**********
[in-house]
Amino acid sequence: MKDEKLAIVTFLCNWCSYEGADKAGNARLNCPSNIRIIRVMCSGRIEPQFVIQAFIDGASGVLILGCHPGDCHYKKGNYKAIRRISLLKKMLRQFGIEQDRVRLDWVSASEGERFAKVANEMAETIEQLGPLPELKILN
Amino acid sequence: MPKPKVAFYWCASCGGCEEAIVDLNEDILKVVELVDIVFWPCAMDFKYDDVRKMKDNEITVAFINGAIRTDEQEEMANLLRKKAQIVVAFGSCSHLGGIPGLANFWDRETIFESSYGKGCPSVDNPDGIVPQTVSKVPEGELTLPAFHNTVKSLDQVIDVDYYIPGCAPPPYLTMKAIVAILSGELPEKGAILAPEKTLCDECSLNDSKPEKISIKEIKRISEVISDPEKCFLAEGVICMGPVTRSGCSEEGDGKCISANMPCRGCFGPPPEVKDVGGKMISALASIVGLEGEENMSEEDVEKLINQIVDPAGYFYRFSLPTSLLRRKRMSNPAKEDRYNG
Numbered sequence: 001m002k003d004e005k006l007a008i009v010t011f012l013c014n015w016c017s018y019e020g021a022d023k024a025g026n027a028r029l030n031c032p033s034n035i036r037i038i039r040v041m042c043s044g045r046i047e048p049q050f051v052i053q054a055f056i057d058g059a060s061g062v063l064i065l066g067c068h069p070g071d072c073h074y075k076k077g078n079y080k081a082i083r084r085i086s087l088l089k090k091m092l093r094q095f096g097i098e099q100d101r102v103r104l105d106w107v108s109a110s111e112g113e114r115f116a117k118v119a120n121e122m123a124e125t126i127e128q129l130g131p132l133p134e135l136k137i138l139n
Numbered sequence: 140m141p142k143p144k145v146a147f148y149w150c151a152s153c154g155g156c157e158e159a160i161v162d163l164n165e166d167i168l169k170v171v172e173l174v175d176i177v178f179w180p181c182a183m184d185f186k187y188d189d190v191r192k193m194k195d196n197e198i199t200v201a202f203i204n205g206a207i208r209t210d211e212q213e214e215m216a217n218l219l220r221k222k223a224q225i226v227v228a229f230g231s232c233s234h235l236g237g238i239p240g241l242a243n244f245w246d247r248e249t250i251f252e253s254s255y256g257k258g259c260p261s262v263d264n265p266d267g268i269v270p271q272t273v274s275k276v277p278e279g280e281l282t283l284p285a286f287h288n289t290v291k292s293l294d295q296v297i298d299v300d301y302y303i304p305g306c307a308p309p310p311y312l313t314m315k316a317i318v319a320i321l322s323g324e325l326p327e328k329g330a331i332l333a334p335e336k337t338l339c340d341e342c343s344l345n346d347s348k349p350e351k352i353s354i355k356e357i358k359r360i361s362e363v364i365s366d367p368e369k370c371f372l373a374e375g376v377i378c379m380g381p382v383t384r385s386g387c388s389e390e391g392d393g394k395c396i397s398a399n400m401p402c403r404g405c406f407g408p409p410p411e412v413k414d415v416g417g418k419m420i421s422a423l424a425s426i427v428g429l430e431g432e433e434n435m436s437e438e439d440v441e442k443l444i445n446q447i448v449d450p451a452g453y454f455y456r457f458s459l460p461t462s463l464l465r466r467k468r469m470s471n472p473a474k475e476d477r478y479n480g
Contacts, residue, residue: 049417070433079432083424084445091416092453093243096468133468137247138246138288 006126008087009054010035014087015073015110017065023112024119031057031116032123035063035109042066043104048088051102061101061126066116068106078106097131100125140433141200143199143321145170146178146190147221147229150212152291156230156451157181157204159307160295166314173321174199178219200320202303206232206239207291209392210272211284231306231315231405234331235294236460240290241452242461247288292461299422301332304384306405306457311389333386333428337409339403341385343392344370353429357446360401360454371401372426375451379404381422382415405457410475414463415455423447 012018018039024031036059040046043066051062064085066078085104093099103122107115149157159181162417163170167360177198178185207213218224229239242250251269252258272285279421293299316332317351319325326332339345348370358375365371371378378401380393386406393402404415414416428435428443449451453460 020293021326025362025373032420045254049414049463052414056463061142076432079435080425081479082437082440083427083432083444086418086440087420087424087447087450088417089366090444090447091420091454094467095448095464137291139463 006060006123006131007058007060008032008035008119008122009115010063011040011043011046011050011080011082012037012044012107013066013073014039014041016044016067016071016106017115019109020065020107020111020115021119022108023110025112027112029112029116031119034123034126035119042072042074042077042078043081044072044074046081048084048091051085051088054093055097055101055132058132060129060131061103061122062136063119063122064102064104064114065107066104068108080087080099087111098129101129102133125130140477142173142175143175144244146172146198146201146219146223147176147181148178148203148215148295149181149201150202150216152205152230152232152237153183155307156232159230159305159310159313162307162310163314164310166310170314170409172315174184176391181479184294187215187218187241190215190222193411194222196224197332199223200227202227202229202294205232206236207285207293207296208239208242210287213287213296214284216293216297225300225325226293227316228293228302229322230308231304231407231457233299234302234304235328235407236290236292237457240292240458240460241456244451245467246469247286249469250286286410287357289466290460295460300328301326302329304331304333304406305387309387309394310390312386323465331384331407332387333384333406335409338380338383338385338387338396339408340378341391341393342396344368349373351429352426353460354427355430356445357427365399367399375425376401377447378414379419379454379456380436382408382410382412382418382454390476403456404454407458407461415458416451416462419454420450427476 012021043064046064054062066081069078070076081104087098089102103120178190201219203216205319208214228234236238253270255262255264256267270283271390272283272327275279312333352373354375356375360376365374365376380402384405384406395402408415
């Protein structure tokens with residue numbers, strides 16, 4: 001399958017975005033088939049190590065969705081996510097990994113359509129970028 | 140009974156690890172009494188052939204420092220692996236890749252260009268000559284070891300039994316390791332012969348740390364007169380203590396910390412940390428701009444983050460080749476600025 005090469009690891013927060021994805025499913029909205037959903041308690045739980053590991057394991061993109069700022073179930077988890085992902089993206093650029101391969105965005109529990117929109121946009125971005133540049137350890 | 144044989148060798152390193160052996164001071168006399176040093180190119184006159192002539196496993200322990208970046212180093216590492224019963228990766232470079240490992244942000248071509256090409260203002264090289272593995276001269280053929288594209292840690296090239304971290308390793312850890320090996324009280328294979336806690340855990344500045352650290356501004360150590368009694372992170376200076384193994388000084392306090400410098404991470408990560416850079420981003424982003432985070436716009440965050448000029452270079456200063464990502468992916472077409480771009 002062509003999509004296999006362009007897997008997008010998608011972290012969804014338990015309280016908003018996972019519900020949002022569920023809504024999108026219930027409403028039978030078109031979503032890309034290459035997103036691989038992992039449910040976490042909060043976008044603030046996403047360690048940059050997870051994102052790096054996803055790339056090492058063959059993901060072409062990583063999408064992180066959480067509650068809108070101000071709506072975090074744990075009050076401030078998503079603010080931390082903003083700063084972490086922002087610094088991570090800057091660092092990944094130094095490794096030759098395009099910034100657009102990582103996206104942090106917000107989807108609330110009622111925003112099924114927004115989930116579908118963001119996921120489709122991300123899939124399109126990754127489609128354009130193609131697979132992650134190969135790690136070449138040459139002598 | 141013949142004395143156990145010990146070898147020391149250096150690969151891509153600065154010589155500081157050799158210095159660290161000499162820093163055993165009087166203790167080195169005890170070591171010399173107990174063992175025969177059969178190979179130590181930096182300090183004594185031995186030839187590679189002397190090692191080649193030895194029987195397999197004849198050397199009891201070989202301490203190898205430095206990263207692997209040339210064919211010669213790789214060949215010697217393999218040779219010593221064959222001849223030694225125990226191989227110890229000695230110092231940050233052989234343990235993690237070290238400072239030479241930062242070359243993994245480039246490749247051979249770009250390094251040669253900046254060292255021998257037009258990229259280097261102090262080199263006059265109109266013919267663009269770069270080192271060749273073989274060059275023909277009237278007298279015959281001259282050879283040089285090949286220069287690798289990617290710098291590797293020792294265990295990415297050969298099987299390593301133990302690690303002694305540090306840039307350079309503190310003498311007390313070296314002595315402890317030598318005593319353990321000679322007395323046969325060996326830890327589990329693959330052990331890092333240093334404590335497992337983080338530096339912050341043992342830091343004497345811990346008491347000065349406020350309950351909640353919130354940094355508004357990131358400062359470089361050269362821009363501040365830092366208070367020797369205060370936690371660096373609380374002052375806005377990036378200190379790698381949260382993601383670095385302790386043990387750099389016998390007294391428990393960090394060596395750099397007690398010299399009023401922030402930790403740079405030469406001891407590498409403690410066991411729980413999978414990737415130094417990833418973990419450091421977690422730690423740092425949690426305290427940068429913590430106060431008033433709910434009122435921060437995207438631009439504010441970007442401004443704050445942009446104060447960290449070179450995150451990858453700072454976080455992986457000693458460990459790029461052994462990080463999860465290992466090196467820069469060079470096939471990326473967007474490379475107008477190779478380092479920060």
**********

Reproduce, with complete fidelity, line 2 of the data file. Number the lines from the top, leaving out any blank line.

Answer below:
Amino acid sequence: MKDEKLAIVTFLCNWCSYEGADKAGNARLNCPSNIRIIRVMCSGRIEPQFVIQAFIDGASGVLILGCHPGDCHYKKGNYKAIRRISLLKKMLRQFGIEQDRVRLDWVSASEGERFAKVANEMAETIEQLGPLPELKILN